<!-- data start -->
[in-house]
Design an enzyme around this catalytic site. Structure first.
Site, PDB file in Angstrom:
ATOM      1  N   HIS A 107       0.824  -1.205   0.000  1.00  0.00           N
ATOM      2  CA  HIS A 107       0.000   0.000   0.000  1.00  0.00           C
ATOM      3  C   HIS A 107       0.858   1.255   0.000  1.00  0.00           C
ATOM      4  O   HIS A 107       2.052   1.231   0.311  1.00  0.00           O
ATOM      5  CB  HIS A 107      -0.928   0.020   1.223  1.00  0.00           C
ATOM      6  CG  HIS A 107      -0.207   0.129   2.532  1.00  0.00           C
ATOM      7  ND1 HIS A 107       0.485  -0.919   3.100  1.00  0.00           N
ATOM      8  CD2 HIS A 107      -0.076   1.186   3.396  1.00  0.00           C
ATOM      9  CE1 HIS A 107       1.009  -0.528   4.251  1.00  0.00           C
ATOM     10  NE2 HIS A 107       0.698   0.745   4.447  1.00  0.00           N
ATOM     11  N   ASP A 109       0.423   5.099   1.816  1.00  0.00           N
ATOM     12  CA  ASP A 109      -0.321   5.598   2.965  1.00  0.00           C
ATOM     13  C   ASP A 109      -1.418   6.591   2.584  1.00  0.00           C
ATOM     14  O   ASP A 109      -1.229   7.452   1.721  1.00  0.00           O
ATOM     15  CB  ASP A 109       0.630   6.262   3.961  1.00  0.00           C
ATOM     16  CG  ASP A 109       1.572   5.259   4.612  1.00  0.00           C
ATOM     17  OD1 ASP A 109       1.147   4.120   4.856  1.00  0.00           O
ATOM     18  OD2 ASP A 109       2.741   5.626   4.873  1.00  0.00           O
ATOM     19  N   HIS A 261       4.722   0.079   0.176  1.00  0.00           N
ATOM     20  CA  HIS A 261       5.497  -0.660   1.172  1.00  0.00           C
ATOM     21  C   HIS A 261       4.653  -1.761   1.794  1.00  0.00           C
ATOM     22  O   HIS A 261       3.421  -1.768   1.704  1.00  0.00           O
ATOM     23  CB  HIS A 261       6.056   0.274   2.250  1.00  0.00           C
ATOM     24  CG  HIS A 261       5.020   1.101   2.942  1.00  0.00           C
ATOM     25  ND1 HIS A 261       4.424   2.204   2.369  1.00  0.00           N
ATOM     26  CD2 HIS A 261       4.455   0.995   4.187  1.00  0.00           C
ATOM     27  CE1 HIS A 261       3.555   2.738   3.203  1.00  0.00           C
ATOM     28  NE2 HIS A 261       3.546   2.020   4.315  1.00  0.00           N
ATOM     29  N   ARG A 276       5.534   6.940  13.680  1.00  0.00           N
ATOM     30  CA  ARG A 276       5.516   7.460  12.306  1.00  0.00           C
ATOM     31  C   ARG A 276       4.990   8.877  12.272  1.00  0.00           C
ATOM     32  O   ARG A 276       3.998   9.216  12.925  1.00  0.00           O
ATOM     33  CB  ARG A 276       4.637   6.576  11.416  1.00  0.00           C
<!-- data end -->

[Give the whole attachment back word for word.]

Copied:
[in-house]
Design an enzyme around this catalytic site. Structure first.
Site, PDB file in Angstrom:
ATOM      1  N   HIS A 107       0.824  -1.205   0.000  1.00  0.00           N
ATOM      2  CA  HIS A 107       0.000   0.000   0.000  1.00  0.00           C
ATOM      3  C   HIS A 107       0.858   1.255   0.000  1.00  0.00           C
ATOM      4  O   HIS A 107       2.052   1.231   0.311  1.00  0.00           O
ATOM      5  CB  HIS A 107      -0.928   0.020   1.223  1.00  0.00           C
ATOM      6  CG  HIS A 107      -0.207   0.129   2.532  1.00  0.00           C
ATOM      7  ND1 HIS A 107       0.485  -0.919   3.100  1.00  0.00           N
ATOM      8  CD2 HIS A 107      -0.076   1.186   3.396  1.00  0.00           C
ATOM      9  CE1 HIS A 107       1.009  -0.528   4.251  1.00  0.00           C
ATOM     10  NE2 HIS A 107       0.698   0.745   4.447  1.00  0.00           N
ATOM     11  N   ASP A 109       0.423   5.099   1.816  1.00  0.00           N
ATOM     12  CA  ASP A 109      -0.321   5.598   2.965  1.00  0.00           C
ATOM     13  C   ASP A 109      -1.418   6.591   2.584  1.00  0.00           C
ATOM     14  O   ASP A 109      -1.229   7.452   1.721  1.00  0.00           O
ATOM     15  CB  ASP A 109       0.630   6.262   3.961  1.00  0.00           C
ATOM     16  CG  ASP A 109       1.572   5.259   4.612  1.00  0.00           C
ATOM     17  OD1 ASP A 109       1.147   4.120   4.856  1.00  0.00           O
ATOM     18  OD2 ASP A 109       2.741   5.626   4.873  1.00  0.00           O
ATOM     19  N   HIS A 261       4.722   0.079   0.176  1.00  0.00           N
ATOM     20  CA  HIS A 261       5.497  -0.660   1.172  1.00  0.00           C
ATOM     21  C   HIS A 261       4.653  -1.761   1.794  1.00  0.00           C
ATOM     22  O   HIS A 261       3.421  -1.768   1.704  1.00  0.00           O
ATOM     23  CB  HIS A 261       6.056   0.274   2.250  1.00  0.00           C
ATOM     24  CG  HIS A 261       5.020   1.101   2.942  1.00  0.00           C
ATOM     25  ND1 HIS A 261       4.424   2.204   2.369  1.00  0.00           N
ATOM     26  CD2 HIS A 261       4.455   0.995   4.187  1.00  0.00           C
ATOM     27  CE1 HIS A 261       3.555   2.738   3.203  1.00  0.00           C
ATOM     28  NE2 HIS A 261       3.546   2.020   4.315  1.00  0.00           N
ATOM     29  N   ARG A 276       5.534   6.940  13.680  1.00  0.00           N
ATOM     30  CA  ARG A 276       5.516   7.460  12.306  1.00  0.00           C
ATOM     31  C   ARG A 276       4.990   8.877  12.272  1.00  0.00           C
ATOM     32  O   ARG A 276       3.998   9.216  12.925  1.00  0.00           O
ATOM     33  CB  ARG A 276       4.637   6.576  11.416  1.00  0.00           C